Things that a cat's eyes signifies
I love trying to observe and learn in cat eye communication (and other animals), so I was thrilled about this article and will definitely be trying out the exercise. Do you have any experience/success in this field? I would love to hear about it.
Article by Stephanie Davies
Locally known as "The Cat Whisperer", or alternatively "That Cat Lady", I have a lifetime of experience studying and analyizing cat behaviour and what I call "cat-speak". Cats do not have the proper vocal cords to speak English, but they have a highly complex vocal and gesture system which allows them to communicate in great detail with both humans and each other. This article focuses on cat's eye gestures.
Have you ever paid attention to the movements of your cat's eyes? Cats use their eyes to communicate with each other in many different ways that most people wouldn't even notice. Let me give you one simple example. Have you ever called to your cat to get it to come to you and it acted as if it were not only of disproportionately low intelligence but also completely and utterly deaf. Next time, try this simple exercise with your cat. When you want your cat to come to you, or jump up on your lap, make eye contact with your cat for about 2 seconds, then shift your eyes to look at where you want the cat to end up (be it on your lap or beside you). Then immediately shift your eyes back to making eye contact with your cat, hold for one second, then look somewhere else. You may have to do this two or three times before your cat understands that YOU understand the whole "eye thing". Pretty soon you will be able to do that without any hesitance on your cats part.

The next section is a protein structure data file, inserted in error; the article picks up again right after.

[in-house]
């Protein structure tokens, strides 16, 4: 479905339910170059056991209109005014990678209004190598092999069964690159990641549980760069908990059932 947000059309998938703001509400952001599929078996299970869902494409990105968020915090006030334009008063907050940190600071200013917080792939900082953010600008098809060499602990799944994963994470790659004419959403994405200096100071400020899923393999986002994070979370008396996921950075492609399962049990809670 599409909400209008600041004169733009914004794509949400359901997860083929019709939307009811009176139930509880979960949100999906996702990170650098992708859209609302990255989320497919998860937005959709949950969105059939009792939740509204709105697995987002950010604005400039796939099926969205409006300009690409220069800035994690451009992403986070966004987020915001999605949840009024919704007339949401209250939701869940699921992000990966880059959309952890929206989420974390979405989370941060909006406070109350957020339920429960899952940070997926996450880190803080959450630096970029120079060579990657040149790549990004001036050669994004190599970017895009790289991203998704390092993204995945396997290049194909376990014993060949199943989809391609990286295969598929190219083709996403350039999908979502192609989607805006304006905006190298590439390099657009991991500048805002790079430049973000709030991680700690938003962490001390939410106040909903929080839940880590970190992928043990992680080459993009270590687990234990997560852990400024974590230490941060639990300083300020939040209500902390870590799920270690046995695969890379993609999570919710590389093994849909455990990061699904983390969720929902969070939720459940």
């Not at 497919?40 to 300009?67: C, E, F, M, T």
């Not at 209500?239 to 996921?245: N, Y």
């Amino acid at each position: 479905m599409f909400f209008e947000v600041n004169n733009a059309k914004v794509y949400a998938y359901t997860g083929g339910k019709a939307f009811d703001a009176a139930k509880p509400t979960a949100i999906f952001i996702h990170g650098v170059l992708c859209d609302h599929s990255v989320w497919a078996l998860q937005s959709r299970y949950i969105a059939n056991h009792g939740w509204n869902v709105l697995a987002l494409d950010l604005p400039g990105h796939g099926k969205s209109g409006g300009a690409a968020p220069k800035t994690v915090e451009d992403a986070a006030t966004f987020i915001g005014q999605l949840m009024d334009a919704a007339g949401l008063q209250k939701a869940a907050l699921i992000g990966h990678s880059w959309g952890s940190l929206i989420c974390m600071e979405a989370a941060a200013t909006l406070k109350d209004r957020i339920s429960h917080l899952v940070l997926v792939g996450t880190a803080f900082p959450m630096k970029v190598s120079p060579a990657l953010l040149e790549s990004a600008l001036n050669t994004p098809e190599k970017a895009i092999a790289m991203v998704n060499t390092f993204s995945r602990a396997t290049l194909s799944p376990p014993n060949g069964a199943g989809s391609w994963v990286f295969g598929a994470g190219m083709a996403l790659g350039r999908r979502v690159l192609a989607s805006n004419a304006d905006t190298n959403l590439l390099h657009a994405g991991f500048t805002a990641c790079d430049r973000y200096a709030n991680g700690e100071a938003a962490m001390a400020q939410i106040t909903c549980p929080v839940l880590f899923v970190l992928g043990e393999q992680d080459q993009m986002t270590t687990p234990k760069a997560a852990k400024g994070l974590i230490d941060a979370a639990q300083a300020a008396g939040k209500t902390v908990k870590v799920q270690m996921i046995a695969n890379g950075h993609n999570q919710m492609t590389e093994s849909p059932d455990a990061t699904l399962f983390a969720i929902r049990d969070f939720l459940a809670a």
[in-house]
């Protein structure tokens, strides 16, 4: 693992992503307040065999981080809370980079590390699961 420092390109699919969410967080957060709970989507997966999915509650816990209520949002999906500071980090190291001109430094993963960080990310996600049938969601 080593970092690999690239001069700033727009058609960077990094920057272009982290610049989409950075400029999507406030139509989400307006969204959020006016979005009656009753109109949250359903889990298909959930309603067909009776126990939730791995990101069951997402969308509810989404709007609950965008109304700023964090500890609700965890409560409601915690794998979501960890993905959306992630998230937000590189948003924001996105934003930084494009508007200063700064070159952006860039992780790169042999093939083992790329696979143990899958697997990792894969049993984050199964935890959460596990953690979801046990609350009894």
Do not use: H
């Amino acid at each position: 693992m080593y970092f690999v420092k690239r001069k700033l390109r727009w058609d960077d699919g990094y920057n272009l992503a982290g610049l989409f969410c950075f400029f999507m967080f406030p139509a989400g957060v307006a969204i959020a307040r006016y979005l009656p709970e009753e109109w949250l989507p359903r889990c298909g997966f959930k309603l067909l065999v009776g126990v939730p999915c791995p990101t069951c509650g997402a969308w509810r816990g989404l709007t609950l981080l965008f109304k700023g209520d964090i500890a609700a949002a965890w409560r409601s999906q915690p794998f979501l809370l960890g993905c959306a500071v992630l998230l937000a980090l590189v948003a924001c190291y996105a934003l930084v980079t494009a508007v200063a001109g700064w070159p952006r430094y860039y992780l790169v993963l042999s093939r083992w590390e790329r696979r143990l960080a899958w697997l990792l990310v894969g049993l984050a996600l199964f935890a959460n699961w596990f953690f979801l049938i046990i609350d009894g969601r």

In the above exercise, what you did, in the easiest form for your cat to understand was to:
1. Make eye contact with the cat (i.e. "Hey, you there, I want to talk to you")
2. Shifted your eyes to a spot where you wanted him/her to go (i.e. "Look at this spot!")
3. Shifted your eyes immediately back to the cat (i.e. "See that spot I just showed you.. It involves you...can you go there please"), and finally:
4. Look at something else besides the spot or the cat (i.e. That's all my request is for, I don't have anything else to say besides come sit up there).
It makes perfect sense when you think about it like that, but most people - having the relative ease of vocal cords that allow us to say and understand "Please come here" - don't think in terms of nonverbal language.
Other things that a cat's eye signifies are:
- Eyes wide open and looking at you: "I'm listening" or "Yes You need me"
- Eyes half closed: "I trust you and everything around me, I'm secure." or "I'm sleepy"
- Eye pupils in slits: "I'm feeling alert and confident"
- Bug-eyed: "I'm frightened" or (if looking at another cat with this) "What in HADES are you doing!"
- Blinking and winking: "I'm talking to you, I like you"
- Eyes clouded: "I'm ill" or, "I'm relaxed"
- Eyes staring at a person: "Stay away. I don't wish to be disturbed"
- Eyes staring at a wall: "I thought I saw something move!"
- Looking at you then turning away "Oh, it's just you"
If you wish to make "friends" with a cat, the best thing NOT to do is to stare at it. Cats take staring as a personal challenge, as well as a confrontation. Much like you would with an aggressive dog, the best thing to do is to look away, or look downward. If a cat "allows" you to pet it, then if you close your own eyes, you are showing the cat that you are trusting him/her and want to be friends.
Cats read our own eyes for signals they use themselves and therefore recognize (it's a heck of a lot easier than that human-speak stuff). So when around a furry feline, monitor your own eye movements and what they are saying to the kitty, kitty might just surprise you and start "talking" back!
Image © via pictopia.com